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Brighton and Hove Liberal Democrats

BHCC housing policy: a 2018 report

January 6, 2019 10:47 PM
By Caroline Hynds

A year on from our Lib Dem housing campaign hitting the headlines, it seems a good time to take stock of Brighton & Hove City Council's track record on housing policy through 2018. What's gone well, what's gone badly, and what's the solution?

Laura Mullin George Taylor and Carrie Hynds campaign for affordable homes

What's gone well

The year seemed to get off to a promising start, with the Tourism, Development and Culture Committee voting on 11 January 2018 to move to open-book policy. This means that if developers say that meeting affordable housing requirements make a scheme financially unviable, they have to now show their working.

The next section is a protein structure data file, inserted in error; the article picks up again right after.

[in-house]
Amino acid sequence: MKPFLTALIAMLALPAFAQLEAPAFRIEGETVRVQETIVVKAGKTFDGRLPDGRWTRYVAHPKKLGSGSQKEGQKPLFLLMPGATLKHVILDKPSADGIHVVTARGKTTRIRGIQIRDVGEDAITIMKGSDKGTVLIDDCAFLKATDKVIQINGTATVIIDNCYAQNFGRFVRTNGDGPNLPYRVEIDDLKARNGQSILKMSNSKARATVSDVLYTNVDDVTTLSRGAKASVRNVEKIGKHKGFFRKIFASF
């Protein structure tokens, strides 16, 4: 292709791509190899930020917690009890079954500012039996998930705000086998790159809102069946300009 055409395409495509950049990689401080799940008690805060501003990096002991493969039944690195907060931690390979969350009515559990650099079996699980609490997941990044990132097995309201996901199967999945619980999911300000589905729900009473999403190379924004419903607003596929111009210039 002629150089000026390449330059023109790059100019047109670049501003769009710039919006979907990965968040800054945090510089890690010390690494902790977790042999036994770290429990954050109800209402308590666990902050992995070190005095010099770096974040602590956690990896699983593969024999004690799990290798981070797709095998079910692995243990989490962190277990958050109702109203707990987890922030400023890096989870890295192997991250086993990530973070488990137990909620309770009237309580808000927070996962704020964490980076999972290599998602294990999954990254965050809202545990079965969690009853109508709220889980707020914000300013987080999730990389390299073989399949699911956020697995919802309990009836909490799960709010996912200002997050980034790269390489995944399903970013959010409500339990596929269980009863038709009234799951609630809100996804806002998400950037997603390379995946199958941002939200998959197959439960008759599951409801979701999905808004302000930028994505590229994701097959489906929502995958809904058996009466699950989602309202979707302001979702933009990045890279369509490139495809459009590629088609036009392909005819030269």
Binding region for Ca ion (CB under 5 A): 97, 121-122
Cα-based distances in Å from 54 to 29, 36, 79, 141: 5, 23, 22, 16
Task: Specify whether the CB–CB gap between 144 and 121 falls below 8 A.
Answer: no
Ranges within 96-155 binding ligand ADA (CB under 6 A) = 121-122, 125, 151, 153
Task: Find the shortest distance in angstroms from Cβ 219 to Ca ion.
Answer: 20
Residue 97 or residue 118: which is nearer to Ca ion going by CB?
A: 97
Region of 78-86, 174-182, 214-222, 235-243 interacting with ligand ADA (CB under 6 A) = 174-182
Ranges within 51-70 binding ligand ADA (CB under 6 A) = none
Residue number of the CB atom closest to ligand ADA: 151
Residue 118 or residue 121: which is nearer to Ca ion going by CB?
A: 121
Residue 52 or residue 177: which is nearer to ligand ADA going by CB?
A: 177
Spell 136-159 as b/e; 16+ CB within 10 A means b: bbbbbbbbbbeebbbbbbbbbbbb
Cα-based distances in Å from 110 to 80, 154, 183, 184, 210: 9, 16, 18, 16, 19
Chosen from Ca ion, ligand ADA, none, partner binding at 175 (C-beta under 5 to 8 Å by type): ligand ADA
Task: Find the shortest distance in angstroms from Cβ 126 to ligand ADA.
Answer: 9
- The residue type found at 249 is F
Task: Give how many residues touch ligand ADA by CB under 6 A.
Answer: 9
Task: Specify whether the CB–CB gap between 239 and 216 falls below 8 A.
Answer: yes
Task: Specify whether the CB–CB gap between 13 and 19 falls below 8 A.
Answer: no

There were 35 new council homes completed under the New Homes for Neighbourhoods programme. Using council-owned land to ensure genuinely affordable rents is clearly the right approach.

What's gone badly

The New Homes for Neighbourhoods programme is exactly the right idea but is behind schedule and the numbers are small. The council's own City Plan states that we need to build 660 extra homes per year, and it's where the rest come from that's the problem.